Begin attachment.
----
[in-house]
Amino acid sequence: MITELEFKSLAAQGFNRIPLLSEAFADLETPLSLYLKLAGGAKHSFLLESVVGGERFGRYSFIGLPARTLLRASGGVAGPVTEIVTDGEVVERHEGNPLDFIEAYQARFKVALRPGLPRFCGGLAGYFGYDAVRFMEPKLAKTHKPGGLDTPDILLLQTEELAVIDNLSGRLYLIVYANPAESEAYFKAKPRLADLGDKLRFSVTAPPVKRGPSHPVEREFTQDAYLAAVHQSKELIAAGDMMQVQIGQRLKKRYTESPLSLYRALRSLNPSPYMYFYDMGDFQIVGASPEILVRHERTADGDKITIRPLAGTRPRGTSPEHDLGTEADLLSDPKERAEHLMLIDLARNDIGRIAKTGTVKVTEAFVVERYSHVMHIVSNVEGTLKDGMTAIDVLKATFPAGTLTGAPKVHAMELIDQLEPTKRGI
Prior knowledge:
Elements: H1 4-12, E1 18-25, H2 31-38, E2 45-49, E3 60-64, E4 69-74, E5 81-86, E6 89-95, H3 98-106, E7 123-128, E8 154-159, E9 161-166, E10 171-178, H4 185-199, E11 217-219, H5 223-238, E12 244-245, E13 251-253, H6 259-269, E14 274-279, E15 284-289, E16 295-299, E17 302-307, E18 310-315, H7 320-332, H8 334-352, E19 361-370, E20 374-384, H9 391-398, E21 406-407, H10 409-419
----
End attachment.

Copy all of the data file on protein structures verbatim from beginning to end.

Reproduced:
[in-house]
Amino acid sequence: MITELEFKSLAAQGFNRIPLLSEAFADLETPLSLYLKLAGGAKHSFLLESVVGGERFGRYSFIGLPARTLLRASGGVAGPVTEIVTDGEVVERHEGNPLDFIEAYQARFKVALRPGLPRFCGGLAGYFGYDAVRFMEPKLAKTHKPGGLDTPDILLLQTEELAVIDNLSGRLYLIVYANPAESEAYFKAKPRLADLGDKLRFSVTAPPVKRGPSHPVEREFTQDAYLAAVHQSKELIAAGDMMQVQIGQRLKKRYTESPLSLYRALRSLNPSPYMYFYDMGDFQIVGASPEILVRHERTADGDKITIRPLAGTRPRGTSPEHDLGTEADLLSDPKERAEHLMLIDLARNDIGRIAKTGTVKVTEAFVVERYSHVMHIVSNVEGTLKDGMTAIDVLKATFPAGTLTGAPKVHAMELIDQLEPTKRGI
Prior knowledge:
Elements: H1 4-12, E1 18-25, H2 31-38, E2 45-49, E3 60-64, E4 69-74, E5 81-86, E6 89-95, H3 98-106, E7 123-128, E8 154-159, E9 161-166, E10 171-178, H4 185-199, E11 217-219, H5 223-238, E12 244-245, E13 251-253, H6 259-269, E14 274-279, E15 284-289, E16 295-299, E17 302-307, E18 310-315, H7 320-332, H8 334-352, E19 361-370, E20 374-384, H9 391-398, E21 406-407, H10 409-419